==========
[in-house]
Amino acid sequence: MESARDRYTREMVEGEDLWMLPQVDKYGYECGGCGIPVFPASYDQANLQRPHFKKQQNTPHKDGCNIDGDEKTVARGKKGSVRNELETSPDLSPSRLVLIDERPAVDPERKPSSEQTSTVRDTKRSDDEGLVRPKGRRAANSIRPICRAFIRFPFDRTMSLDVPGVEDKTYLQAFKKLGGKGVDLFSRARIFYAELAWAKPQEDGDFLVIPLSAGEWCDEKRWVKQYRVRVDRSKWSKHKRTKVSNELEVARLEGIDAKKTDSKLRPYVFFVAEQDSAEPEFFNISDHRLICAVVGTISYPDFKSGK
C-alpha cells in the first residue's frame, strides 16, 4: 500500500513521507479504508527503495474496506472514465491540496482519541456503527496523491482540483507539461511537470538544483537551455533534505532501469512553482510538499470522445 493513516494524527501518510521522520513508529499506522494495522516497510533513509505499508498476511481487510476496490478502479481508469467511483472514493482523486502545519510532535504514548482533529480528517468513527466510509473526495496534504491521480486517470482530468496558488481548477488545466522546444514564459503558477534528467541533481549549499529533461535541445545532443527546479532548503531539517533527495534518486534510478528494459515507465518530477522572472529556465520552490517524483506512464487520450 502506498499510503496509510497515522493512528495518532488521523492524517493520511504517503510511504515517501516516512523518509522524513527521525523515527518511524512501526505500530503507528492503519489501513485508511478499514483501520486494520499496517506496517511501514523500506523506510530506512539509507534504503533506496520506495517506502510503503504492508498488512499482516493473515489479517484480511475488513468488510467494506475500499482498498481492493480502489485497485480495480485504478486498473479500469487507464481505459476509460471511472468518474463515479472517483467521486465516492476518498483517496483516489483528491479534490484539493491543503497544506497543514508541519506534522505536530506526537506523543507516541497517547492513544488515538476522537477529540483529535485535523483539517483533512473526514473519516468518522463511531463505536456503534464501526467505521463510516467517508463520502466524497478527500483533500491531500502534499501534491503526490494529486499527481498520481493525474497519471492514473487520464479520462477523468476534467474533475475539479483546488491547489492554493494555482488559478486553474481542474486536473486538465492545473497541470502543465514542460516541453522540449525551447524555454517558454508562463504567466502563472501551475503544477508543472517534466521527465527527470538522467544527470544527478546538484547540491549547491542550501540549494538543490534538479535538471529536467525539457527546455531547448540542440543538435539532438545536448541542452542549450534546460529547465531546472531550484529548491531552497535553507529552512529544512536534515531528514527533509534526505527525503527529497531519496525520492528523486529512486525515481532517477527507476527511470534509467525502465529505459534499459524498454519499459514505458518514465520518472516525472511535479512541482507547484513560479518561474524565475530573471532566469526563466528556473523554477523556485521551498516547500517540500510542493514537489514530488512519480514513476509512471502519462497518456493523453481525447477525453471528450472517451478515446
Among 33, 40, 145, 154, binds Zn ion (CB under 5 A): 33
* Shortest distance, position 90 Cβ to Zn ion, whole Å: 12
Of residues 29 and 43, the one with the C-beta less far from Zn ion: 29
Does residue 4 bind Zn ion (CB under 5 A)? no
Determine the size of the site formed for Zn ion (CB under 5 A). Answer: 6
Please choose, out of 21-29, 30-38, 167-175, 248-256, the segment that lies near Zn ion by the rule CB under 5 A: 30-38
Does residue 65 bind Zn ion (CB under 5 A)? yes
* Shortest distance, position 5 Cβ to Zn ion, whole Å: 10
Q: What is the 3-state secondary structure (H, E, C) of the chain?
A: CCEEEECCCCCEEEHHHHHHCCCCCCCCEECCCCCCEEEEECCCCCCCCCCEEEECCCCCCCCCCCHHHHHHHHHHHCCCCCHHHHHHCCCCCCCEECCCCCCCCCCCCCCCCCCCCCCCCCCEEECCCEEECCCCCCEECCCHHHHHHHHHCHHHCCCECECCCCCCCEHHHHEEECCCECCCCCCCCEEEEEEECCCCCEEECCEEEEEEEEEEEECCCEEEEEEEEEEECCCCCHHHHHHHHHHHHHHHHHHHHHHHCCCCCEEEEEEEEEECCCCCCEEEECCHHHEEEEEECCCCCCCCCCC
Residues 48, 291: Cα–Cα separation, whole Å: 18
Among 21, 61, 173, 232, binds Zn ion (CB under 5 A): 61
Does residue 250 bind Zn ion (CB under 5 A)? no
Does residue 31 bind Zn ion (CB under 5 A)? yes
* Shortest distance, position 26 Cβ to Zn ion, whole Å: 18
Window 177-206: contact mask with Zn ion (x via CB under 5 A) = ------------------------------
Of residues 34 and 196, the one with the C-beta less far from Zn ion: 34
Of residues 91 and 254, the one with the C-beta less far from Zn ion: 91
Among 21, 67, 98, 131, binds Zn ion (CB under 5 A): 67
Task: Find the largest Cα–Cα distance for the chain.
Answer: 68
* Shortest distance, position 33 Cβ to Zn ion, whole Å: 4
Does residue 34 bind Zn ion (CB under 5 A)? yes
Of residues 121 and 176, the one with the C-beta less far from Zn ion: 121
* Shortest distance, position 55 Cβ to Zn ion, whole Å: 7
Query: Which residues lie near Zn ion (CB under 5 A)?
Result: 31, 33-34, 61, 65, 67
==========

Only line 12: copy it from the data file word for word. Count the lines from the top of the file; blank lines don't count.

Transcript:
Q: What is the 3-state secondary structure (H, E, C) of the chain?